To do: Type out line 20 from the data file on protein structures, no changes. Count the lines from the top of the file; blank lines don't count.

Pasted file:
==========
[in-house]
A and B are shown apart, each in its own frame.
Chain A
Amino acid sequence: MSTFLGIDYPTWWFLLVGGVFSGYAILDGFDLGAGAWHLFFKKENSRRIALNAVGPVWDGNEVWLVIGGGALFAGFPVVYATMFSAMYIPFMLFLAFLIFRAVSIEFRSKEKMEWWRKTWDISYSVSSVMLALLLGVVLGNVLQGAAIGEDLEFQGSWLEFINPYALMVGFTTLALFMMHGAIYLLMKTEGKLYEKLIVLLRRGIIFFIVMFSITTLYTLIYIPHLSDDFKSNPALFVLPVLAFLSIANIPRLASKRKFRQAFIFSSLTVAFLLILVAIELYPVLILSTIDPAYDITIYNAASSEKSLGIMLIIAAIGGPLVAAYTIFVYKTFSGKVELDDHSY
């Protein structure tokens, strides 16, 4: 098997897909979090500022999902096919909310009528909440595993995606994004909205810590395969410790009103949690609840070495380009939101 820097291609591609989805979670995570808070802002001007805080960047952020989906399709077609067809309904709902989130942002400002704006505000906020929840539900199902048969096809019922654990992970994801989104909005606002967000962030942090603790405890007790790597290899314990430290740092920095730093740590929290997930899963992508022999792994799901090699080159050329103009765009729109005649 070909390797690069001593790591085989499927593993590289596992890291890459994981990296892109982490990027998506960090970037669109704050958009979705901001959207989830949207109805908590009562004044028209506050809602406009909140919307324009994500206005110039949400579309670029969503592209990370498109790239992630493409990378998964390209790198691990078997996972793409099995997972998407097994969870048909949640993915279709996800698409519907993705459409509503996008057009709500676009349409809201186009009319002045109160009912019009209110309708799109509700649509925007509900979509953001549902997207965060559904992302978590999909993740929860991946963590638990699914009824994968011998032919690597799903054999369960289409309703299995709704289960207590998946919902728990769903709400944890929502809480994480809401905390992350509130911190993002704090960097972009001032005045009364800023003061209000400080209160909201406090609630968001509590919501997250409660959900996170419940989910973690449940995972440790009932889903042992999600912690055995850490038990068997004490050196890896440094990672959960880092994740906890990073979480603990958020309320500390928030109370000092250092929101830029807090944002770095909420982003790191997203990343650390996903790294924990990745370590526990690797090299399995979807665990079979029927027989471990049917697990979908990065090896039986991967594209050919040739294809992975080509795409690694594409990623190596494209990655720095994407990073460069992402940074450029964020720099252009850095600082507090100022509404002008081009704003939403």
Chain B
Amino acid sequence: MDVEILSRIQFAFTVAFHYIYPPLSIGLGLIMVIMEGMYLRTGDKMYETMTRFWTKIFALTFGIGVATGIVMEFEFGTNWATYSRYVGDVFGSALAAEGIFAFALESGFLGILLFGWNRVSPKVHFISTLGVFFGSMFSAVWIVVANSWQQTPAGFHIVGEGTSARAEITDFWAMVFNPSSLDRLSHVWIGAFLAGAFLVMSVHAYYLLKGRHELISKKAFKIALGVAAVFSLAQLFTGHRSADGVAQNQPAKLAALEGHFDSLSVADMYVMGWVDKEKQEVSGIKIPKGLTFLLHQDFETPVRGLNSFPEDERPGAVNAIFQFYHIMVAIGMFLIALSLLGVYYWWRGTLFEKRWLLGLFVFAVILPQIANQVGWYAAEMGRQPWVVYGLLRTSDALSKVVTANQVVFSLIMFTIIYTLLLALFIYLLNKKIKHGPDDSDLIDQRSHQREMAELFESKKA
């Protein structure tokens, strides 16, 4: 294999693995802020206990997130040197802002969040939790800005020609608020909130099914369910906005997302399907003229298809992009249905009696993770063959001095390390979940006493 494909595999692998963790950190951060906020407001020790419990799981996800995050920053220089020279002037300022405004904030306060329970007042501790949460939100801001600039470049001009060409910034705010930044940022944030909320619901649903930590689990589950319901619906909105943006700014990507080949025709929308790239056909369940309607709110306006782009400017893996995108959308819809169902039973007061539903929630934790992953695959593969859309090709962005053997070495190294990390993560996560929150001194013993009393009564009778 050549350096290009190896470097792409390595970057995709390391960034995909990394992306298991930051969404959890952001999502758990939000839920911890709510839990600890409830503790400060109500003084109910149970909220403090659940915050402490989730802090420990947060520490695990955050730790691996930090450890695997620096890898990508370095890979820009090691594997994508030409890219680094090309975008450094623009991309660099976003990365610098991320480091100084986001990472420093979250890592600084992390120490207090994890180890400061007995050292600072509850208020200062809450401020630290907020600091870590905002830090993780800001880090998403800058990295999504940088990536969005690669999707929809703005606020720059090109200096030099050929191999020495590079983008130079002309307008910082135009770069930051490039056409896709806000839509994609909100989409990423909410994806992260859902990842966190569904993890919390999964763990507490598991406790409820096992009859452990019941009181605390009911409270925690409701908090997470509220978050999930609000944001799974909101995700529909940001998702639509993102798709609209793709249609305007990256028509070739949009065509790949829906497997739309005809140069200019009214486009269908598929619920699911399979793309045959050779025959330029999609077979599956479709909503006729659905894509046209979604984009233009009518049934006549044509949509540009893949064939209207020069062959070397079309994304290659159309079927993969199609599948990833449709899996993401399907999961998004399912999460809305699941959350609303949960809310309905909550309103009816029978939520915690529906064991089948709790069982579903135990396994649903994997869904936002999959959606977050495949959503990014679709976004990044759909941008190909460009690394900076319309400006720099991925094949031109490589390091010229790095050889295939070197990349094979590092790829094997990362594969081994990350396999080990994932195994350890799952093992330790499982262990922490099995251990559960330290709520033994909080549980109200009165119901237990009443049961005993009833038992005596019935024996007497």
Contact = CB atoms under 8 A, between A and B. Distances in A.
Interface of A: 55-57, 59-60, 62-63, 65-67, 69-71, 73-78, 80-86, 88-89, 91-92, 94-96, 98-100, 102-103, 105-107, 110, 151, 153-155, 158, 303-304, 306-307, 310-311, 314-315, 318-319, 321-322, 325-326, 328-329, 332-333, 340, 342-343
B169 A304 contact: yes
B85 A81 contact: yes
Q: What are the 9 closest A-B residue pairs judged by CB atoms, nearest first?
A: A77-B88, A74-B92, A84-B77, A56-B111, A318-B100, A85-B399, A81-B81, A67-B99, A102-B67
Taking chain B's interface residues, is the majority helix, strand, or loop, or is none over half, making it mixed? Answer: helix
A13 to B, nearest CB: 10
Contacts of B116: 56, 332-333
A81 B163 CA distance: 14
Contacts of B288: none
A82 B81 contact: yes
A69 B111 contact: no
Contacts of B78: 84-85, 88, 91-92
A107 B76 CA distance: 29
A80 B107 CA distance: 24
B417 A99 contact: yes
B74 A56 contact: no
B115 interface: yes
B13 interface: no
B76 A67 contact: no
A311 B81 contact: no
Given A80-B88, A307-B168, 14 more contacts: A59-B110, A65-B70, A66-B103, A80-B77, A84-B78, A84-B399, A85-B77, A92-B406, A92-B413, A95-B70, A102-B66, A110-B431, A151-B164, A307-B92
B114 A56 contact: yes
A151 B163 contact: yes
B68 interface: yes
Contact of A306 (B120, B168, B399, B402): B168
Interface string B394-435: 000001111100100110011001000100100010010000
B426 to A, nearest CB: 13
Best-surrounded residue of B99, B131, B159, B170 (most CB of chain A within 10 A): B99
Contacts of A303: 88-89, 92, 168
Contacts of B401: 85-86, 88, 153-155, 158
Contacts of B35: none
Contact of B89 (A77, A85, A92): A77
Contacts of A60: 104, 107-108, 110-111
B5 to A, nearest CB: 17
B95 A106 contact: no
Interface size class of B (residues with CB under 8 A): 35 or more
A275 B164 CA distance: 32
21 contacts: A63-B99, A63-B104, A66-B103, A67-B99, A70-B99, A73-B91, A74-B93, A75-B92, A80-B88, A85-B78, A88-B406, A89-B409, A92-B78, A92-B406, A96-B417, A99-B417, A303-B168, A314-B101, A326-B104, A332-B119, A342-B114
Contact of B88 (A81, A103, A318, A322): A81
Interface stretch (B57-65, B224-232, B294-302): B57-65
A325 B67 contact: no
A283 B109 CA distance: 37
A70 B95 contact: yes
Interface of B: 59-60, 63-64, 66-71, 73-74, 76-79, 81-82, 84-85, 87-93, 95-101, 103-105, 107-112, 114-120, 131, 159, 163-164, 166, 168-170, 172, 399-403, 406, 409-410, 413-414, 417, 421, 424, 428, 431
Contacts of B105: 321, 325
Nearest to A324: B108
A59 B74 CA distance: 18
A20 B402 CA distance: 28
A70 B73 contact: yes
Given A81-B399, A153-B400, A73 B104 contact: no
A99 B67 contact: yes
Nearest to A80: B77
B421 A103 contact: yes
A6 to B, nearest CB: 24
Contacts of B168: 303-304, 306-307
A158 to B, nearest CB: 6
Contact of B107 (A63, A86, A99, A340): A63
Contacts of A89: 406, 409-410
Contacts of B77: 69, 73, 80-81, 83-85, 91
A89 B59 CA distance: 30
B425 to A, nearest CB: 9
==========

A82 B81 contact: yes